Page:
Memorial Day is a day to remember the fallen heroes and their families across the US. It’s also an unofficial start to the summer barbecue and season when people open their arms to heliolatry, making it a great time to think about solar. And it looks like the industry is ready for the summer season. Solar stocks are starting to go up, signs are increasingly showing that solar is starting to recover from the chronic oversupply that’s plagued it for years. And some new technologies are showing more promise than ever.
First off—it’s not directly related to solar—but Tesla Motors has repaid its $451.8 million loan from the Department of Energy nine years early. The company, which makes hi-end electric vehicles shows that the DOE’s investments in new technologies can be successful, even though it came under withering criticism for supporting some new solar technologies a few years ago. On the other hand, Tesla is creating a network of PV-charging stations across the US that will offer free, hi-speed EV charging for its vehicles.
An emerging PV technology got a big boost last week when Australia’s science agency, the Commonwealth Scientific and Industrial Research Organisation (CSIRO), got a new, industrial-scale solar printer that will allow researchers to print up to 10 meters of organic photovoltaics per minute. The printer allows low-cost technologies and materials to produce these inexpensive—albeit inefficient PV cells—at a rapid rate and allows the researchers to fine-tune the materials to create more efficient devices in the future. While the cost of manufacturing equipment for silicon PV is expensive—often in millions of dollars—the cost of the printer was about $194,760.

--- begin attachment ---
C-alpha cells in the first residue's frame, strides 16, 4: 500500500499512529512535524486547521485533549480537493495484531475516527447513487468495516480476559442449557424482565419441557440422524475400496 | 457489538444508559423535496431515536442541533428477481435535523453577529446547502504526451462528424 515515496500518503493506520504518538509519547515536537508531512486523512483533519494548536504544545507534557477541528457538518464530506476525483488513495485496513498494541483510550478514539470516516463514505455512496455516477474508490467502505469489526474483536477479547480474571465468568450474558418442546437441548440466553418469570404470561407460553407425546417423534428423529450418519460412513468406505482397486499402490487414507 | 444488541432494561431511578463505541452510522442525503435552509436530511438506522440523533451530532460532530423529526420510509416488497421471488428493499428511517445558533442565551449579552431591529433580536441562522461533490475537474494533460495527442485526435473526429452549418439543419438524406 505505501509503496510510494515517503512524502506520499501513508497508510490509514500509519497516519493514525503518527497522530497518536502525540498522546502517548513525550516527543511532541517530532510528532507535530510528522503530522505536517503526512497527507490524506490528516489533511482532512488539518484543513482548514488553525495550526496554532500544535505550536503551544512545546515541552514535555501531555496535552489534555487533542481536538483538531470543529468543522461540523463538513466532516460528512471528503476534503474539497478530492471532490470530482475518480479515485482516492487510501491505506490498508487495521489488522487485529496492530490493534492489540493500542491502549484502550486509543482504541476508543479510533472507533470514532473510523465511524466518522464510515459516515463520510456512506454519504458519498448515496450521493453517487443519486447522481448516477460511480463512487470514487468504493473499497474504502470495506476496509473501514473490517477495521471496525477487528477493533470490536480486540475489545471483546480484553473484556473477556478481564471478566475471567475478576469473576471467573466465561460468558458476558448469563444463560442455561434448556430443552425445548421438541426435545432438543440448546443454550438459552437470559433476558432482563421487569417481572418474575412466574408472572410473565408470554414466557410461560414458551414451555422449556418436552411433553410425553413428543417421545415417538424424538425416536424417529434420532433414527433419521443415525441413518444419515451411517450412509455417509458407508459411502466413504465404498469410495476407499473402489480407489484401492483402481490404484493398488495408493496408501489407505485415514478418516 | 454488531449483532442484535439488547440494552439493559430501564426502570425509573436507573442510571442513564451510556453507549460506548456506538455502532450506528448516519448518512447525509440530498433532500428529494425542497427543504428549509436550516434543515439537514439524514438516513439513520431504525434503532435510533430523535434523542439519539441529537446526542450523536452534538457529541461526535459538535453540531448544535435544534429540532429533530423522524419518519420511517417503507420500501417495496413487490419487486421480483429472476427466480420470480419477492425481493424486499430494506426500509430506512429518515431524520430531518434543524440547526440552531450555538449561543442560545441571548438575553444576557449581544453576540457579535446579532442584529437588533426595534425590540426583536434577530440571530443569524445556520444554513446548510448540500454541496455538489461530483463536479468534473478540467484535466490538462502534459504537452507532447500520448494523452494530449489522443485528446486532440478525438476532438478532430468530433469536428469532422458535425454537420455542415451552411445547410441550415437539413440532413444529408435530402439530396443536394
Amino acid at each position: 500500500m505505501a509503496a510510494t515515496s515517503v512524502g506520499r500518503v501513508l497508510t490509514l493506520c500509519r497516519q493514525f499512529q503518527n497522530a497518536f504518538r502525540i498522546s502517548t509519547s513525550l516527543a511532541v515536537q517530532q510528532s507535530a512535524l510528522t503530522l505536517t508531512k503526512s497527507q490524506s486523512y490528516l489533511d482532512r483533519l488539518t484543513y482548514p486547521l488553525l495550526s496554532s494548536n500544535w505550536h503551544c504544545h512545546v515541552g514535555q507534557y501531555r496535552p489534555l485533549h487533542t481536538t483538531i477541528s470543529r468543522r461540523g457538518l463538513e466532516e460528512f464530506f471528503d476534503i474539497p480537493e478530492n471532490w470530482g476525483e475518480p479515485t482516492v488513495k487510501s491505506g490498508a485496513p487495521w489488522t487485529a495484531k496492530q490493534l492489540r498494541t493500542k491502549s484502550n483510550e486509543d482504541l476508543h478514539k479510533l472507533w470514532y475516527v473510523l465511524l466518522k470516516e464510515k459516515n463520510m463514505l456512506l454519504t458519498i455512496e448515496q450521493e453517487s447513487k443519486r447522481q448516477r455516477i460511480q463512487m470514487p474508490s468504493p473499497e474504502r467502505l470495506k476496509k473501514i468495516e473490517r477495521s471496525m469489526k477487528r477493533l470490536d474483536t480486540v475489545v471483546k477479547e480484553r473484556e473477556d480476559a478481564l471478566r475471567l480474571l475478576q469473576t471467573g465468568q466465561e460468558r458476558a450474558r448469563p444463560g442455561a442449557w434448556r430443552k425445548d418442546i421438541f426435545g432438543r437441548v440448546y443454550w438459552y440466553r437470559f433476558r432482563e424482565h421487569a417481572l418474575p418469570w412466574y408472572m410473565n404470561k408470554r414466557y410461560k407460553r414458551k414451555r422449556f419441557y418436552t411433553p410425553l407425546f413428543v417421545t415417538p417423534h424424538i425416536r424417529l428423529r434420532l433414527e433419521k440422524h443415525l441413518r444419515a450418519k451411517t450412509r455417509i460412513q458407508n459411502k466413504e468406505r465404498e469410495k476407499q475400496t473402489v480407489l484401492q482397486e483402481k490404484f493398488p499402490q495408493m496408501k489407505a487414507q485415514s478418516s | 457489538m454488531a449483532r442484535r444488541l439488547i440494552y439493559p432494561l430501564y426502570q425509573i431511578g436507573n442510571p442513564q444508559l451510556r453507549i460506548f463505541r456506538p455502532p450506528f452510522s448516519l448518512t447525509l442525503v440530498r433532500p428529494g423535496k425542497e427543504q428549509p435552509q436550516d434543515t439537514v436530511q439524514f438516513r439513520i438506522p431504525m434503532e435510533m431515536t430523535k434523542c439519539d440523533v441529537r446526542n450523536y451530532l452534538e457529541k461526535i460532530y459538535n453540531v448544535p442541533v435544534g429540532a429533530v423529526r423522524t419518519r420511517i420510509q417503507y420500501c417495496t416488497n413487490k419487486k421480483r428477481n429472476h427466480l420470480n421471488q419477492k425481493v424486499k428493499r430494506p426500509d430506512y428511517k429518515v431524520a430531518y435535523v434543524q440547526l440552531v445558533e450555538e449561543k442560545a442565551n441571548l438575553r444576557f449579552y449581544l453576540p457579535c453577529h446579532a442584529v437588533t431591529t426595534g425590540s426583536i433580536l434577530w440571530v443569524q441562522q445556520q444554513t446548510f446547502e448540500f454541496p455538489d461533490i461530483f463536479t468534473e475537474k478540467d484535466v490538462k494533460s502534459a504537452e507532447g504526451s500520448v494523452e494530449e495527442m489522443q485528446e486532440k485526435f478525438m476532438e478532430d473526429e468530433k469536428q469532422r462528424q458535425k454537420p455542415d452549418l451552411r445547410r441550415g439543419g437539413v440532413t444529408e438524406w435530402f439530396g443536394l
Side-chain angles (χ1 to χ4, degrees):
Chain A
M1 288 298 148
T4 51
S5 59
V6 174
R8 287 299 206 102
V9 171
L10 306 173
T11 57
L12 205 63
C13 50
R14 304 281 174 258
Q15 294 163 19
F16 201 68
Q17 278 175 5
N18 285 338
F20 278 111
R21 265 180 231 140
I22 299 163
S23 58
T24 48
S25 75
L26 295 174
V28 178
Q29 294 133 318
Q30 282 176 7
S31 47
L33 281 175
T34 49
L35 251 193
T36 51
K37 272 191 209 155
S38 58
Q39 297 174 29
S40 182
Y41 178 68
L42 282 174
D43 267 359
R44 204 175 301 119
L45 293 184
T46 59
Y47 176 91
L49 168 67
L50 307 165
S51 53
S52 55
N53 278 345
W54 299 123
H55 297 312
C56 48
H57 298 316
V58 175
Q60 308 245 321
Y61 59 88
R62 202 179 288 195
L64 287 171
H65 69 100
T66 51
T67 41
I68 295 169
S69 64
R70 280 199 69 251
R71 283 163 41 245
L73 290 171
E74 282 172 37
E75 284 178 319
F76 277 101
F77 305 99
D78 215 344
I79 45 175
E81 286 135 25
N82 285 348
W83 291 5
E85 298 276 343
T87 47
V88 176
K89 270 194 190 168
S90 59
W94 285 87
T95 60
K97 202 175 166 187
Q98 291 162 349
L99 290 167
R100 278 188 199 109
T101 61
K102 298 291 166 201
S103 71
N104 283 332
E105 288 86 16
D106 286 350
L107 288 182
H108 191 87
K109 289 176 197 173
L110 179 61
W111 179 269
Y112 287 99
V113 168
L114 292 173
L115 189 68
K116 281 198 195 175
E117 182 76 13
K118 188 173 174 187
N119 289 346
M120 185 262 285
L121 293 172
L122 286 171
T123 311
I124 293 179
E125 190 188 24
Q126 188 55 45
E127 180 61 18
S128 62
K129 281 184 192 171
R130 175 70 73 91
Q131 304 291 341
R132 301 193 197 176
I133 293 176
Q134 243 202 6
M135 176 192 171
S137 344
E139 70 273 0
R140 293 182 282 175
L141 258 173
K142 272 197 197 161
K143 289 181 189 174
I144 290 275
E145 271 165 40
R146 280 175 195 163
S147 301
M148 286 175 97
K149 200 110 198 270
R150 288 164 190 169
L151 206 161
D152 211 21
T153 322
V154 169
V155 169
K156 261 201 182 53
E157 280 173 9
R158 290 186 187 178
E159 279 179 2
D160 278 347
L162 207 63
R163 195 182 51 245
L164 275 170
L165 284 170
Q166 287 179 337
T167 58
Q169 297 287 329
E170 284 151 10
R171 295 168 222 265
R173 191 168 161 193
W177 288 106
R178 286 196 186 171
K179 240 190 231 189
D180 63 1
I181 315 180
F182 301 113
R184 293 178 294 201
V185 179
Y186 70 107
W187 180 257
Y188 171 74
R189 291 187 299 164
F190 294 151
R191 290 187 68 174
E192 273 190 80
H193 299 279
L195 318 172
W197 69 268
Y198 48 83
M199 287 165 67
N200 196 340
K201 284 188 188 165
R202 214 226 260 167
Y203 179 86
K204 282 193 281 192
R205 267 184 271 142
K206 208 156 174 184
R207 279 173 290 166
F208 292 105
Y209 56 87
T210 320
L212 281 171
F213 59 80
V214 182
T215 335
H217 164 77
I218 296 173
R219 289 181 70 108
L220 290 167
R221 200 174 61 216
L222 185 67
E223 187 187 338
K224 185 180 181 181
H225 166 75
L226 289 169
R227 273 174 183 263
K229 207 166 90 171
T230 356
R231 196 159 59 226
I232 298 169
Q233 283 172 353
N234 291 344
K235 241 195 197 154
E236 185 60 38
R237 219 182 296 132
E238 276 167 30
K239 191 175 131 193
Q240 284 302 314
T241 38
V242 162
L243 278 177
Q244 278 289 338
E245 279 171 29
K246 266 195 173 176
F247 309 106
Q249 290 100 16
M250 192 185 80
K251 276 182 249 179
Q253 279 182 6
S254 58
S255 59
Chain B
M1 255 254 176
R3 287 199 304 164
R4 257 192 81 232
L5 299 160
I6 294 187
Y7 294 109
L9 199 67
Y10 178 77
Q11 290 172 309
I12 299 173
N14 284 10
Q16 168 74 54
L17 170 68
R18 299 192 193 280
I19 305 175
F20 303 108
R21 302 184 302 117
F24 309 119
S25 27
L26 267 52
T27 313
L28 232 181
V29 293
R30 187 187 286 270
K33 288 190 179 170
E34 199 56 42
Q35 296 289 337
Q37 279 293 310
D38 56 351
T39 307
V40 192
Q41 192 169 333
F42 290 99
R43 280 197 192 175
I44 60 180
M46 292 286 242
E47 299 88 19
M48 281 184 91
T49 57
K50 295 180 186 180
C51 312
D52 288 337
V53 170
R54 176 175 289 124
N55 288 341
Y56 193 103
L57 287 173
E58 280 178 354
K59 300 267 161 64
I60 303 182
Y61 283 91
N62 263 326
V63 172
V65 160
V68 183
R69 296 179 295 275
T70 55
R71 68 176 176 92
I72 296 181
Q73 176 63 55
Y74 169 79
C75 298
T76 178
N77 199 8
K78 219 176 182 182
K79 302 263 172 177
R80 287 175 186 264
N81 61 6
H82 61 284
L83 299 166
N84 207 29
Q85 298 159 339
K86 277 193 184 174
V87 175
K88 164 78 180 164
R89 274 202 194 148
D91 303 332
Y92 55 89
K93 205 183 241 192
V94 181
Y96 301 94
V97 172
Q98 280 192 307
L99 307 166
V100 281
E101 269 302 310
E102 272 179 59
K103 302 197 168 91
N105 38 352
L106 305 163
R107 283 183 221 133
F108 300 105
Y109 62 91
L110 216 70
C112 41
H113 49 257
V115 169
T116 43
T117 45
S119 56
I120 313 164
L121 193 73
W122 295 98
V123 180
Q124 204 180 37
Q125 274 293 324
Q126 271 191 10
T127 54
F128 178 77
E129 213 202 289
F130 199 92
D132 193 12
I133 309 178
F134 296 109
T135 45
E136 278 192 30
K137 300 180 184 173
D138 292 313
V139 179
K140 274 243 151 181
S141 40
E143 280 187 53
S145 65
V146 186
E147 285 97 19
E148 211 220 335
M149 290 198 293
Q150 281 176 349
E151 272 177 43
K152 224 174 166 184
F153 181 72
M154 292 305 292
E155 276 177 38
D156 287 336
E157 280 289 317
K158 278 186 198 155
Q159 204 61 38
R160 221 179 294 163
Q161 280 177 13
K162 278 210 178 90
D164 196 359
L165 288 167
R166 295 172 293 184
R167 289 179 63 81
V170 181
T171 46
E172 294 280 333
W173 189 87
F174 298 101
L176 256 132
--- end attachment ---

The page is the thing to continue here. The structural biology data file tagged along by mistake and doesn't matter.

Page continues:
Meanwhile signs that the solar industry is starting to overcome the period of chronic oversupply that’s led to the failure of a number of companies and the sharp price reductions over the past few years is finally starting to turn around. For instance, a new report from Lux Research anticipates that the industry will become a $155 billion market by 2018.
Likewise, stock prices among publicly traded solar companies are starting to rise. For instance, First Solar’s stocks have remained strong since reporting earning and the outlook for it and companies like SunPower is stable. And solar third-party ownership company SolarCity’s stock continues to outperform expectations.
One of the markets that’s driving a lot of growth in solar is Japan. The country drastically revised its energy strategy after the Fukishima disaster in 2011. Now, as it plans to eliminate nuclear energy generation, it could replace up to a quarter of the power derived from nuclear power with rooftop PV.